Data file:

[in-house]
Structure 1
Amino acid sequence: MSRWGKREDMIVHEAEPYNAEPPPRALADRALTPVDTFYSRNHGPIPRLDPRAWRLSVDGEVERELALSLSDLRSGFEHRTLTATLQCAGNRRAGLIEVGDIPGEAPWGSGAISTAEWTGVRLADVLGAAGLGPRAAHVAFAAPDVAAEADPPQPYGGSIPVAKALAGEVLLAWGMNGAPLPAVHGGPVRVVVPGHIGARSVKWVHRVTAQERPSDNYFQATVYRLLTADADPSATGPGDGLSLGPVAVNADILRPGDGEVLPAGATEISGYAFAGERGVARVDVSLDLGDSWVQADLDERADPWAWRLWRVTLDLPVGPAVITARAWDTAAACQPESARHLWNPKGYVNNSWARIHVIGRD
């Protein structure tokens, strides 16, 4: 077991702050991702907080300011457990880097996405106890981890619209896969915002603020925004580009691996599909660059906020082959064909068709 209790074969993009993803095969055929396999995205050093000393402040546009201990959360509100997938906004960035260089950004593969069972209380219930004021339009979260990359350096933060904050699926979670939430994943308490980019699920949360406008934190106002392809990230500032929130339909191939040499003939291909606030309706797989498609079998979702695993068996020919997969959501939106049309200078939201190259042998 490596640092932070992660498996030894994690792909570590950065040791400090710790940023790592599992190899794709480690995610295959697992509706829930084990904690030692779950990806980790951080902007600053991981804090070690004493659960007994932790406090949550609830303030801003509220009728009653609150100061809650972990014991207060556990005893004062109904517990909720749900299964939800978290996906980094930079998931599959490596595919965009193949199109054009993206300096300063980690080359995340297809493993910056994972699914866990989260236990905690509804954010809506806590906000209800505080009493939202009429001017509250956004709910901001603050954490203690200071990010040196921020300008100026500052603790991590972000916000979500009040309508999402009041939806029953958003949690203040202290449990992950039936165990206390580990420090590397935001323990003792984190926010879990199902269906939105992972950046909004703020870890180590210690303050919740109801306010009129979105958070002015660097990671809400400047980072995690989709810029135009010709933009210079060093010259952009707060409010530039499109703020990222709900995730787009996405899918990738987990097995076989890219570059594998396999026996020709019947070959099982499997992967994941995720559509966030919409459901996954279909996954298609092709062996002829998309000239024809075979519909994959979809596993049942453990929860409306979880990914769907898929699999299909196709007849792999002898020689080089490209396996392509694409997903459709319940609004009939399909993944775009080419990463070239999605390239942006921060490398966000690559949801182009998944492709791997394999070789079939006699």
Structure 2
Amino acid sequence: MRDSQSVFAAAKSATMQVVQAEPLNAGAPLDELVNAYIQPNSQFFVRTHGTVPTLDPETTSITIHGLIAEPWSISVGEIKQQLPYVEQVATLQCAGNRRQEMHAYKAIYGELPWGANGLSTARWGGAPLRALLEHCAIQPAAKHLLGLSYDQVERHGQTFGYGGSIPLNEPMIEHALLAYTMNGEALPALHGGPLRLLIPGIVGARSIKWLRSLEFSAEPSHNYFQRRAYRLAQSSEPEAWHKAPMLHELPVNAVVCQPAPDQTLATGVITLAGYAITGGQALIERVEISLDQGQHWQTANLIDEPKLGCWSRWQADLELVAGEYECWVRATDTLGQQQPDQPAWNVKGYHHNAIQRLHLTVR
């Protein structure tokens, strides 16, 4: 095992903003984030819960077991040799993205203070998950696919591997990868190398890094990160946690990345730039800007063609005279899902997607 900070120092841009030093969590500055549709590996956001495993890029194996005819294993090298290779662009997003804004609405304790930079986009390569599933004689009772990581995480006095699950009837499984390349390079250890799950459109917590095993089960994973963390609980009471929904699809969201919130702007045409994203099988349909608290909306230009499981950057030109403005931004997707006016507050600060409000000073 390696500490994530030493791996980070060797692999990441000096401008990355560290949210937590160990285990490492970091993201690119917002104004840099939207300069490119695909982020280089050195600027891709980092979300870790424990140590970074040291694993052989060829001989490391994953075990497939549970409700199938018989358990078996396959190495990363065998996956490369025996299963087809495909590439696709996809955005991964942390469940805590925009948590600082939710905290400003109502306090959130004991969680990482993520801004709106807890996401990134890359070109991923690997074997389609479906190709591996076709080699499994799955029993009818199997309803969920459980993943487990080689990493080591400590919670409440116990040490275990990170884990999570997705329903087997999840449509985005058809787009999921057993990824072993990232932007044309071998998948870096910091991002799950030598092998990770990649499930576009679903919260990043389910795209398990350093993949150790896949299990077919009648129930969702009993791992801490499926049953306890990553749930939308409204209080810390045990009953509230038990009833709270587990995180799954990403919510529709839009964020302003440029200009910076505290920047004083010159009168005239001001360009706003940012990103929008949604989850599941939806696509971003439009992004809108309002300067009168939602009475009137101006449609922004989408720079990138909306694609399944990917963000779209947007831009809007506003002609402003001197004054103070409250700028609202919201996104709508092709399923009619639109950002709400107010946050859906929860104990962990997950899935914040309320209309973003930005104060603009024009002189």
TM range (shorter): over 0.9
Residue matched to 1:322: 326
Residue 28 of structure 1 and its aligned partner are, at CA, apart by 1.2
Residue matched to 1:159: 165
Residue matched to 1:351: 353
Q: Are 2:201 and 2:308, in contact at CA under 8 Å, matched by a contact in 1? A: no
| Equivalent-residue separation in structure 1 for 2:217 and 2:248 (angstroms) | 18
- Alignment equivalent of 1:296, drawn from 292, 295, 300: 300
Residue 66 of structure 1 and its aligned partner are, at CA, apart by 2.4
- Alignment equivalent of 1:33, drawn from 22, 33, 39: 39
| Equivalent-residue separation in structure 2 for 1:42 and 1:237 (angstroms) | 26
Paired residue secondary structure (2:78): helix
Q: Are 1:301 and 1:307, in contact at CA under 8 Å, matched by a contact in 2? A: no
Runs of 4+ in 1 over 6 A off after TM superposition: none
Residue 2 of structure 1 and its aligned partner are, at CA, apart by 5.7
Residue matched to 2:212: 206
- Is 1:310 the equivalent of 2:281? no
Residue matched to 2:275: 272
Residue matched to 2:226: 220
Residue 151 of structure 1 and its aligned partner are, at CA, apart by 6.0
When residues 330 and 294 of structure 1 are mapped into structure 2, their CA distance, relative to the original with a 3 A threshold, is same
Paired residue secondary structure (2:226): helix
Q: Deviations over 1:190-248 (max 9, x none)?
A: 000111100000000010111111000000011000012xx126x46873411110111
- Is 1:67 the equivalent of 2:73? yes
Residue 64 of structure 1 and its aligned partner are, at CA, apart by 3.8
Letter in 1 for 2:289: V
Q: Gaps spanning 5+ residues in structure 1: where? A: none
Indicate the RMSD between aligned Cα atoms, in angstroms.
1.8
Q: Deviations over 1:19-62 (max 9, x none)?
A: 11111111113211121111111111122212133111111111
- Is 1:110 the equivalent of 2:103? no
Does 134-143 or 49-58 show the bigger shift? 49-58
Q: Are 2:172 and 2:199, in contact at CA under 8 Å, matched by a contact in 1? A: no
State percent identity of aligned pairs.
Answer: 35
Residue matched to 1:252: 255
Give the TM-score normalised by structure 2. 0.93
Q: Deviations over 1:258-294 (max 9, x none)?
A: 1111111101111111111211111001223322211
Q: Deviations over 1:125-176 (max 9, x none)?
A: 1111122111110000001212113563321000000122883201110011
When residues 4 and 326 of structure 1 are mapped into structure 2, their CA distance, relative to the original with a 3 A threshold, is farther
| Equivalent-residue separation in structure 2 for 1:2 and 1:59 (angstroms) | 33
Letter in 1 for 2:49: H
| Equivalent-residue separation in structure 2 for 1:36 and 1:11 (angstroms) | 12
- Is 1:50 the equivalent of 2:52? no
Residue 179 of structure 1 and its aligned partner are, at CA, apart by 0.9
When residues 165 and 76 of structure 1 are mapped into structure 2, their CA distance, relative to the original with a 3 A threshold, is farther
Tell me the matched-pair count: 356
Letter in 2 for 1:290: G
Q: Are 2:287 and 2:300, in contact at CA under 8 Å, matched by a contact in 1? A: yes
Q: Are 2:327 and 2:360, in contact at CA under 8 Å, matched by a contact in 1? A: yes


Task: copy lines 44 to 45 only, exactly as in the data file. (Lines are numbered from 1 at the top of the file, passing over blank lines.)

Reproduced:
Answer: 35
Residue matched to 1:252: 255